|Graphic: Philippine Daily Inquirer|
THE PHILIPPINES government has admitted before the Supreme Court that liking, sharing libelous Facebook and Twitter posts can make one person criminally liable, prompting a judge to say that it creates a "chilling" effect.
“It is not an excuse that thousands of defamatory statements are on the internet. Then, we have to scrap the law,” Solicitor-General Francis Jardeleza said during a hearing last week about the controversial Cybercrime Prevention Act.
A restraining order of implementation of the 2012 law - dubbed "e-martial law" because of its repressive restrictions on freedom of speech - had been due to be lifted today.
“Defamation is defamation whether we communicate through megaphones, letters, person to person, tweets, Facebook or e-mail,” Jardeleza added.
Associate Justice Roberto Abad said that with the criminal liability that the new law creates, “it will make me now reluctant to express my view.”
Abad likened liking and sharing of posts on Facebooks and twitters to showing a friend a libellous material posted on a bulletin board.
Jardeleza said, in that situation, there is no liability because it cannot be considered a republication.
“Unless this law is clarified, it has a chilling effect,” Abad said.
'Things can go viral'
Jardeleza argued that things can go viral.
“What do we do? Until either this court says reputation is not a value anymore, this can be a difficult question,” he told Abad.
Another contentious provision of the Cybercrime Prevention Act, Section 12 or the Collection of Traffic Data, was also tackled and government lawyers admitted before the SC that it is “barely constitutional.”
Section 12 of the law provides that “law enforcement authorities, with due cause, shall be authorized to collect or record by technical or electronic means traffic data in real-time associated with specified communications transmitted by means of a computer system.”
The same provision of the law provides that traffic data “refers only to the communication’s origin, destination, route, time, date, size, duration or type of underlying service but not content nor identities.”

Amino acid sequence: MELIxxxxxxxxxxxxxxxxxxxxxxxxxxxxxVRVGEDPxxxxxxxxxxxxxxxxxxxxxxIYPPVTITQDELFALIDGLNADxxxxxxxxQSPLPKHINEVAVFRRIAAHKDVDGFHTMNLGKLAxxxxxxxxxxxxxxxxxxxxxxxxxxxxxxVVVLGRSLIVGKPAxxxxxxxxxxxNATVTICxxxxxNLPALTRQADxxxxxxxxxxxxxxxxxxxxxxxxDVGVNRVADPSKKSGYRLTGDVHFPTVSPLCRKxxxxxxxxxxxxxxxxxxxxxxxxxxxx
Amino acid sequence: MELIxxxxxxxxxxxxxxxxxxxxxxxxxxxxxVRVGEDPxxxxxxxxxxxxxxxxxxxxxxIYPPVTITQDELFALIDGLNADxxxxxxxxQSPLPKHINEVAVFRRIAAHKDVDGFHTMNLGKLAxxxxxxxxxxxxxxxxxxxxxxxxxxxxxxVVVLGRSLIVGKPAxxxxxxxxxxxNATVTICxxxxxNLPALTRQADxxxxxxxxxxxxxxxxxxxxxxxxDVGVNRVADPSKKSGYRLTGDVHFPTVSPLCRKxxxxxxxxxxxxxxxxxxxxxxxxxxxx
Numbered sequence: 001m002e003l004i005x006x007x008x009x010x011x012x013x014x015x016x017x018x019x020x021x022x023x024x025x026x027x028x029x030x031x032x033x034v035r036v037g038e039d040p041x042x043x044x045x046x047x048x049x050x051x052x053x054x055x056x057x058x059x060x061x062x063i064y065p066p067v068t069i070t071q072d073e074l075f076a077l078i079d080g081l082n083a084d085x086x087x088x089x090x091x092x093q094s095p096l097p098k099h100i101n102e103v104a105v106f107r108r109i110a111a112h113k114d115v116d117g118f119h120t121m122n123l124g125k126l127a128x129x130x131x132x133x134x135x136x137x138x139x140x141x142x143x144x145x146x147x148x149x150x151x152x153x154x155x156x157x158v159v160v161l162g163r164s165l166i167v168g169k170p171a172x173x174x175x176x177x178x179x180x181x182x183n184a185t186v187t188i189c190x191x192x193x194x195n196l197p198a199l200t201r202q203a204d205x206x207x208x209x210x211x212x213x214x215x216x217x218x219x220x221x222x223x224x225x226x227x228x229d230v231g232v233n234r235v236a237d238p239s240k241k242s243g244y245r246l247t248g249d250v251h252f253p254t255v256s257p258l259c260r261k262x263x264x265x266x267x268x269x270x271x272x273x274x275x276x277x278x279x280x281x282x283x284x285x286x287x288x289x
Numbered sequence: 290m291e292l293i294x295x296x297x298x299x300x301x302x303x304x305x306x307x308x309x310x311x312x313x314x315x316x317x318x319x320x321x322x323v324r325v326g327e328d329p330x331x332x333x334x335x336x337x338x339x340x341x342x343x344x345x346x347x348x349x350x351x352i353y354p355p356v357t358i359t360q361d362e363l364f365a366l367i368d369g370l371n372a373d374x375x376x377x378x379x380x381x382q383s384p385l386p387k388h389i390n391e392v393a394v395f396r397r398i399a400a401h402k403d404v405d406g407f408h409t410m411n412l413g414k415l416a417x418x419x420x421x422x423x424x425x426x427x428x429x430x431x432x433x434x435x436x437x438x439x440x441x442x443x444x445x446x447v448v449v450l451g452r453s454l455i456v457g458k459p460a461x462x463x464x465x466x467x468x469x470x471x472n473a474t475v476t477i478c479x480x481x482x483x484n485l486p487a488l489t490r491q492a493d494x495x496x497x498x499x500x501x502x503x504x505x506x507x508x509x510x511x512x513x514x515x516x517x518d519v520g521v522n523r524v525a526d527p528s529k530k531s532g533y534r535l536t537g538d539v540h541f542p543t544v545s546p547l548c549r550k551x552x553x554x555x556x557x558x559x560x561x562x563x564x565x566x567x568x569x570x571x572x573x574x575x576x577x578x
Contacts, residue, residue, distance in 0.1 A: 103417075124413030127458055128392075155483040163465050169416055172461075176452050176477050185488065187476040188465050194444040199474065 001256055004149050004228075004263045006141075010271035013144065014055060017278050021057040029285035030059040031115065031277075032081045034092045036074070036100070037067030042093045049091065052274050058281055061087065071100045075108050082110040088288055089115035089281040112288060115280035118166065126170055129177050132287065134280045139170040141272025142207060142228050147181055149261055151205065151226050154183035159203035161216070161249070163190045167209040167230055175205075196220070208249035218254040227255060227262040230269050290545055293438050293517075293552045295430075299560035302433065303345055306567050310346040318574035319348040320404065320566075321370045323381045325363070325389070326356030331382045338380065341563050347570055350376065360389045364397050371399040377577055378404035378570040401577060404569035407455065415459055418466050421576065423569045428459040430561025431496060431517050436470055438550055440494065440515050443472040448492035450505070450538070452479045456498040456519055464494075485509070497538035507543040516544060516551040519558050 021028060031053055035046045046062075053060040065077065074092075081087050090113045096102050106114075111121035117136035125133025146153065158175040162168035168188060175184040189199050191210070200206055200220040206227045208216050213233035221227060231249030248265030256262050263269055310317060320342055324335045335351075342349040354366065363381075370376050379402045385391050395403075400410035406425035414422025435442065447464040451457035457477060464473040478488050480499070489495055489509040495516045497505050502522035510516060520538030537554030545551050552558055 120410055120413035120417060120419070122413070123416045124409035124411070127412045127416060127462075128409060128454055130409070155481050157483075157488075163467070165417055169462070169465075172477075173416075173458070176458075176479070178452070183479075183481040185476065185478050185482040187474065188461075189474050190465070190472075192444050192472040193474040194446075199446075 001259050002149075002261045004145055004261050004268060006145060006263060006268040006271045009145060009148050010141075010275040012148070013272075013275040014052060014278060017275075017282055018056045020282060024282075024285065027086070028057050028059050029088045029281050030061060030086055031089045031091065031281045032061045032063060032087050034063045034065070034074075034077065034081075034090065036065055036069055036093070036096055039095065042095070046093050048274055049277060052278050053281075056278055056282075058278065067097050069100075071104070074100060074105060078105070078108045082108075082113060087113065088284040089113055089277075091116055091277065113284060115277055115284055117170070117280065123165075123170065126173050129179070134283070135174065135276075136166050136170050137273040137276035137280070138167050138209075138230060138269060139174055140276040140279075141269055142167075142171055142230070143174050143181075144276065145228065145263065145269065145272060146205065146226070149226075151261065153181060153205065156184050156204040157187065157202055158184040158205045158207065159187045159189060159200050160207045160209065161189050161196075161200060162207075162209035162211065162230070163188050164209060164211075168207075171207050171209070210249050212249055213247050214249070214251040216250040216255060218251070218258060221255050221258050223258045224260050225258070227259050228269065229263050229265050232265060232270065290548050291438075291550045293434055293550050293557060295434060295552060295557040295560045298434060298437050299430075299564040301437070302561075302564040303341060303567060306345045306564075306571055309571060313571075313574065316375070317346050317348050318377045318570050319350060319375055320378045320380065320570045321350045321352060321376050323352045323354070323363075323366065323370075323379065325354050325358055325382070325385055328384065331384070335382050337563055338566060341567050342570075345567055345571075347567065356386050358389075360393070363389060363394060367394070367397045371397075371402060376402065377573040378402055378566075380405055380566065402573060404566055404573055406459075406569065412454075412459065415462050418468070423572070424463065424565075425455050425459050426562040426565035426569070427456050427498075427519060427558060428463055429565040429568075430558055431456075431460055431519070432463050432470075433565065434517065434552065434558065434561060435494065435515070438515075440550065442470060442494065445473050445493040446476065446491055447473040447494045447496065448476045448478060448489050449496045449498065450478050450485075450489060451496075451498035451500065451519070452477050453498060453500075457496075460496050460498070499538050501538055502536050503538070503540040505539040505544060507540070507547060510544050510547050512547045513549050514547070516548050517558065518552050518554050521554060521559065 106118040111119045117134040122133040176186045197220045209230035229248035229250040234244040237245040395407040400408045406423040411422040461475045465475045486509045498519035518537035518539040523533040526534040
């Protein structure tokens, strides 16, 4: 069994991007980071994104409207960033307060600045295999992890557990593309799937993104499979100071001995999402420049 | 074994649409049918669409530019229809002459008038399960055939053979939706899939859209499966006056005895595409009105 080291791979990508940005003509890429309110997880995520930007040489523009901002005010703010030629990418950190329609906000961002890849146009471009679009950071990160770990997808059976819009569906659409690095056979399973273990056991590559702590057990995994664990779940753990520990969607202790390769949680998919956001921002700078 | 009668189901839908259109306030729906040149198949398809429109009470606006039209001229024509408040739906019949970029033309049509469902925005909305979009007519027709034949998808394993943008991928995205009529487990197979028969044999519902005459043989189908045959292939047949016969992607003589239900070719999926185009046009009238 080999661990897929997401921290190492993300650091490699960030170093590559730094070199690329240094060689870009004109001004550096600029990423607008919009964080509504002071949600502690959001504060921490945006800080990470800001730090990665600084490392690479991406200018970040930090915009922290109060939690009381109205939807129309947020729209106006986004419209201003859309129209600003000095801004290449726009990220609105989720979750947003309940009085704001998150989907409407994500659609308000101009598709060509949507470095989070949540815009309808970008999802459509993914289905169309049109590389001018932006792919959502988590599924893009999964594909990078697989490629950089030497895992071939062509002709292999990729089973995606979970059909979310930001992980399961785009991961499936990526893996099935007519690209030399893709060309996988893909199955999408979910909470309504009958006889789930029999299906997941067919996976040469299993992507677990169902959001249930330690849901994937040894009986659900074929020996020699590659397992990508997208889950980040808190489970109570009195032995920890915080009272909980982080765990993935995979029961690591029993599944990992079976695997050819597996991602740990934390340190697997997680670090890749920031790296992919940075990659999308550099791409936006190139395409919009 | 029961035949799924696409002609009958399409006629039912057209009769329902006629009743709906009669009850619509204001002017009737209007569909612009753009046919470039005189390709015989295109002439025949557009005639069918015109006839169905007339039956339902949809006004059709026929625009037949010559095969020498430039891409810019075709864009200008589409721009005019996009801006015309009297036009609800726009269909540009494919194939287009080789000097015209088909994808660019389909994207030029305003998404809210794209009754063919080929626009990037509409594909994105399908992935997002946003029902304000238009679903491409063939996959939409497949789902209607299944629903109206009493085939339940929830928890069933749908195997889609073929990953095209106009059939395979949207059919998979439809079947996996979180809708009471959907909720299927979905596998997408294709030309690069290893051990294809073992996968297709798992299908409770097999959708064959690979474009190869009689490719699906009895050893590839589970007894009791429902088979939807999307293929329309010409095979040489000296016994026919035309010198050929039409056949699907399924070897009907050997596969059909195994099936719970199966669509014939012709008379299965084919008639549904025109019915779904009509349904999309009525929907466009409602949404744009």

High Court justices asked what specifically is traffic data.
During the questioning of Senior Associate Justice Antonio Carpio, Jardeleza said traffic data could include private data. However, he said it cannot be considered violation of the right to privacy since no court has declared it private.
Defence of privacy?
Carpio asked Jardeleza if for example a police officer tries to get a traffic data about him, will he raise the defence of privacy?
“I cannot argue privacy because the data on phone is external data therefore, that is not covered by privacy…Taking as instructive the experience in the US, in that jurisdiction, traffic data can be exercised if the trigger is a Federal State attorney,” Jardeleza said.
“But here any police can do it,” Carpio said.
“That is why my answer is it is constitutional - but barely,” Jardeleza said.
Jardeleza added that collection of traffic data is allowed as long as there is “due cause".
Carpio, together with Sereno, Associate Justices Teresita Leonardo De Castro, Mariano Del Castillo, Jose Perez asked what is due cause.
Jardeleza said “unfortunately, that is one of our misgivings under the law".
De Castro asked: “The law does not define what due cause means. Who will initiate the determination of due cause.”
“You are right your honour,” Jardeleza said.
Sereno noted that Jardeleza himself demonstrated unease with Section 12.
“Section 12 grapples with due cause. What kind of animal is this and who will identify this animal…This section is the heart of the law, without this, this law is good for nothing,” Sereno said.
Without the Cybercrime Law, Carpio said, hacking could still be prosecuted under Republic Act 8792 or the E-Commerce Law.
“Even if we void this law, it is not a problem, hackers can still be penalised,” Carpio said.
The High Court gave both the government and the anti-cybercrime law advocates 20 days to submit their memoranda.
Source: Philippine Inquirer.net